Seeds all reach last eight in World Teams but Tesni Evans shocks Alison Waters
By HOWARD HARDING in Paris
On the opening day of play in the WSF Women’s World Team Squash Championship on the all-glass showcourt at Palais Des Sports Robert Charpentier in the Paris suburb of Issy-les-Moulineaux, hosts France defied the seedings by overcoming Hong Kong China to top their qualifying pool.
Hong Kong, the No.4 seeds, took the lead in the final tie in Pool D when Joey Chan defeated France’s second string Coline Aumard in straight games. Cheered on by the excited and partisan crowd, France drew level when top string Camille Serme beat her Hong Kong counterpart Annie Au 11-7, 13-15, 11-9, 11-9 in 51 minutes.
In the decider, Laura Pomportes took a two-game lead against Liu Tsz-Ling. But when the Hong Kong player fought back to take the third, memories came flooding back of the pair’s previous meeting in the championship two years ago in Canada – where, at the identical stage in the event, Liu regained the lead to take the match and consign France to second place in the pool!
Pomportes (pictured above in action against Liu), now clearly better able to cope with such pressure – particularly in front of a home crowd – dug deep to reassert her authority on the match and went on to clinch an 11-6, 15-13, 6-11, 11-7 triumph and a preferred position for France in the quarter-final draw.
“Laura and I had already spoken about that match two years ago and she was mentally prepared,” said French national coach Philippe Signoret, whose team now faces Australia for a place in the semi-finals. “It’s good to win the pool – but the job is not finished yet, we still have a lot of work to do.”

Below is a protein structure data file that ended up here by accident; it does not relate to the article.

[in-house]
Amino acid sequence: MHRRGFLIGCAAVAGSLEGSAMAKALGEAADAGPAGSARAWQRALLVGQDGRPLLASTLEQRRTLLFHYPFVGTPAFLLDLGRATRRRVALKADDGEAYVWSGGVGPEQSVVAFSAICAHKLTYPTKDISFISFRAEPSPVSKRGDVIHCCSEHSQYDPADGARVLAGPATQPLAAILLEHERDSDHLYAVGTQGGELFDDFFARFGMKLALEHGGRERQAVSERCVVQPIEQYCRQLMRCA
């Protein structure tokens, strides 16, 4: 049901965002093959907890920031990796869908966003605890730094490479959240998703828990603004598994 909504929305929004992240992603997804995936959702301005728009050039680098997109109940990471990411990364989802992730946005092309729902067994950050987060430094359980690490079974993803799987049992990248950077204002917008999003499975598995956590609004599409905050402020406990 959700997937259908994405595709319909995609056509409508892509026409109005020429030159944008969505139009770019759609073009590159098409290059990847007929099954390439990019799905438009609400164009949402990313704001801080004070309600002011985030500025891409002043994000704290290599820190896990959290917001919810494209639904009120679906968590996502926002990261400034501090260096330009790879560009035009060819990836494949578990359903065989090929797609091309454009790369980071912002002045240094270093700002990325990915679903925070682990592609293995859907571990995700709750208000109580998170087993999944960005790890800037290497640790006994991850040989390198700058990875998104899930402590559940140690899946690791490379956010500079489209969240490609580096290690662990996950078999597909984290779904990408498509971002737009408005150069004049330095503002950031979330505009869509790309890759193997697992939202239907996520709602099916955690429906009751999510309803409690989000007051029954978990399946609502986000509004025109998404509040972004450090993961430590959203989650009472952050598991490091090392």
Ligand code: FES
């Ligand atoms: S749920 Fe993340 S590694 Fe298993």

It was in the last tie on the glass court that sixth seeds Australia reserved their place in the last eight courtesy of a 2/1 win over Netherlands. Milou van der Heijden gave the Dutch team an unexpected lead after surviving a close encounter with veteran Australian campaigner Rachael Grinham.
In the first team match they have ever played for opposing teams, Rachael’s younger sister Natalie Grinham went on for Netherlands – but soon went down to the higher-ranked Aussie left-hander Donna Urquhart to make matters level.
Despite making her first senior appearance for Australia, and having a year-long injury break which almost took her out of the game, Tamika Saxby rose to the occasion by beating Dutch opponent Milja Dorenbos 11-2, 6-11, 11-1, 11-6 in the decider to seal her country’s place in the quarter-final play-offs.
“Despite losing tonight, Rachael can give so much – it’s good to have her in the team,” said team manager Michelle Martin, the former world No.1. “It was good experience for Tamika to bring it home for us the way she did.
“We’ve achieved what we had to do – we’ve got nothing to lose against France. They’ll have the crowd behind them and we’ll be the underdogs. We’ll just go out and enjoy it!”
Saxby (pictured above) was overjoyed with her performance: “I was really excited to play today and enjoyed playing the decider – knowing that the rest of the girls wanted me to get the job done,” said the 23-year-old from New South Wales.
“I had no idea I’d be here six months ago when I hadn’t played for a year after getting over an illness – so all this today is totally surreal!”
Top seeds Egypt became the first nation to score maximum points in their pool action after storming to a 3/0 win over Mexico, the No.13 seeds. Raneem El Welily and Nouran Gohar both recorded straight games wins before third string Omneya Abdel Kawy celebrated her 50th match in the championships since making her debut 18 years ago by beating 15-year-old Mexican Dina Anguiano Gomez 11-5, 11-4, 11-8.